Figure 15: Ratio of power spectra from two independent realizations at initial and final redshifts. Both simulations are carried out with GADGET-2 at the standard setting. Results as shown have been smoothed by averaging over every five -values. Beyond our matching point for low and high resolution simulations,  Mpc, the results agree at the percent level, confirming that one realization of an Gpc high-resolution run is sufficient.

Figure 16: Comparison of the simulation power spectrum to HaloFit. Shown is the ratio of HaloFit with respect to the simulation result. The simulation result has been obtained by combining the PM runs and the GADGET-2 run at and it has been smoothed by averaging over every five -values to reduce the noise for the comparison. The HaloFit result is approximately 5% lower than the result from simulations.

In order to compare simulation results to a smooth fit, we first combine 16 realizations from the PM runs in the low region with one high-resolution run, as shown in Figure 14. At around the lower resolution of the PM runs begins to become apparent and the result falls below that from GADGET-2. Conservatively, we match the two power spectra at . At this point, the variance from the single realization of the GADGET-2 run is small enough that the matching leads to a smooth power spectrum. (A more sophisticated matching procedure is described in Lawrence et al. 2009, Paper III.) One concern might be that a single realization is insufficient to capture the behavior on small scales accurately: Because of mode coupling it is not obvious that fluctuations on large scales do not also cause substantial effects on small scales. In Figure 15 we show that, due to the large box size, this is not a concern at least at the percent level of accuracy. The figure shows the ratio of two different realizations at the initial and final redshift. Both simulations are run with GADGET-2 at our standard settings. The variations at high (beyond the matching point ) are at the percent level and appear to be free of systematic trends.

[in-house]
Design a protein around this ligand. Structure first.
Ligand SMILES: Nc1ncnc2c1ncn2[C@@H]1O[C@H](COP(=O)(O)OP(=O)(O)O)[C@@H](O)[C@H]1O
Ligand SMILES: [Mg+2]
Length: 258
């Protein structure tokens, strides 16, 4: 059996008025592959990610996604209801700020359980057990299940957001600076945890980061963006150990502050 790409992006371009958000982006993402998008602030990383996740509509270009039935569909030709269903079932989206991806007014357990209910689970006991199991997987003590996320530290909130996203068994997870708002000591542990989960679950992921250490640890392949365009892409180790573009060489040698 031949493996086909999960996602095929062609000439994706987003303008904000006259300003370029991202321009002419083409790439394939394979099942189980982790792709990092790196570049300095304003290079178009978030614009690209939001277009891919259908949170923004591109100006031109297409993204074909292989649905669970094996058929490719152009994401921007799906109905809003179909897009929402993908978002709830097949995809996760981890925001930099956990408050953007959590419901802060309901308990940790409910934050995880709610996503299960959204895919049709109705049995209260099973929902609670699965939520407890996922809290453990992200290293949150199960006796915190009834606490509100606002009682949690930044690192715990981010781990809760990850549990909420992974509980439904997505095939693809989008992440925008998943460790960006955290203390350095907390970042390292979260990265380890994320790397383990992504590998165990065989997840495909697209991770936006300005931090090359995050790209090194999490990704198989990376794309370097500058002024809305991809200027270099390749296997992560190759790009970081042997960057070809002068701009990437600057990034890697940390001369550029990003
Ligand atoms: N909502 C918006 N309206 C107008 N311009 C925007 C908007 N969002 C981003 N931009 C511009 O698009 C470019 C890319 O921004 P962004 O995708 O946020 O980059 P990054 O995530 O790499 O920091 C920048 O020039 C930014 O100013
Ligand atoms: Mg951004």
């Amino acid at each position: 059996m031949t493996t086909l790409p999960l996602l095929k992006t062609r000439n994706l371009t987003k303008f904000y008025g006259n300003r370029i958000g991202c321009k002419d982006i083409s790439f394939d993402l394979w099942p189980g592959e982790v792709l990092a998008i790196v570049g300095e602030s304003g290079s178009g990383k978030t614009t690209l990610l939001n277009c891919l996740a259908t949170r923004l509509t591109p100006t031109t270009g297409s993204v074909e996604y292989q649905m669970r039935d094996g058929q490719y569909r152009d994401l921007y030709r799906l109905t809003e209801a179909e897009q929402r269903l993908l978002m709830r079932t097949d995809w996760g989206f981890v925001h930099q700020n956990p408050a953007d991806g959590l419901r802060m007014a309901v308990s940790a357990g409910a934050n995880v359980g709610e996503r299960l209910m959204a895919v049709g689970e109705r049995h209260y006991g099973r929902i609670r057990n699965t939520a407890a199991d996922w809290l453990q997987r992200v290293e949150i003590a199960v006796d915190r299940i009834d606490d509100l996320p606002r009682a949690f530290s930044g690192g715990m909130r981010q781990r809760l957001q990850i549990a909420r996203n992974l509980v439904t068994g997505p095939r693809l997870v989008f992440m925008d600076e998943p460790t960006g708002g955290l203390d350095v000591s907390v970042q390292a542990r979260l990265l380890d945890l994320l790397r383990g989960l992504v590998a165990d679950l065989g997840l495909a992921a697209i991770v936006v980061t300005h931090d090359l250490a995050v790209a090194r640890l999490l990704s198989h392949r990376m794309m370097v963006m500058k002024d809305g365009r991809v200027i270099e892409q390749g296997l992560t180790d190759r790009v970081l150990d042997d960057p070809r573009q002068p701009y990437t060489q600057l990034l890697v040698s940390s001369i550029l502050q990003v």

The ratio of the matched power spectrum to the prediction from HaloFit is shown in Figure 16. In this case, the HaloFit prediction falls roughly 5% below the simulation. The procedure for combining the simulation results can be seen to work very well, as there is no discontinuity at Mpc from the matching. Our result is in good agreement with, e.g., Smith et al. (2008) as well as Ma (2007), who find a 5% supression for HaloFit at Mpc. At larger , however, the results in Ma (2007) may not be very accurate, due to limitations in force resolution in that work.

8 Conclusion and Outlook

The advent of precision cosmological observations poses a major challenge to computational cosmology. With observational results accurate to the percent level a significant uncertainty in extracting cosmological information from the data is due to inaccuracies in theoretical templates. At the required level of accuracy large scale simulations are unavoidable, since the nonlinear nature of the problem makes it impossible to derive analytic or semi-analytic expressions for statistics such as the matter power spectrum, at an accuracy better than . While simulations in principle should yield results at sub-percent accuracy, in practice this is a non-trivial task due to uncertainties in the numerical implementation and modeling of relevant physical processes.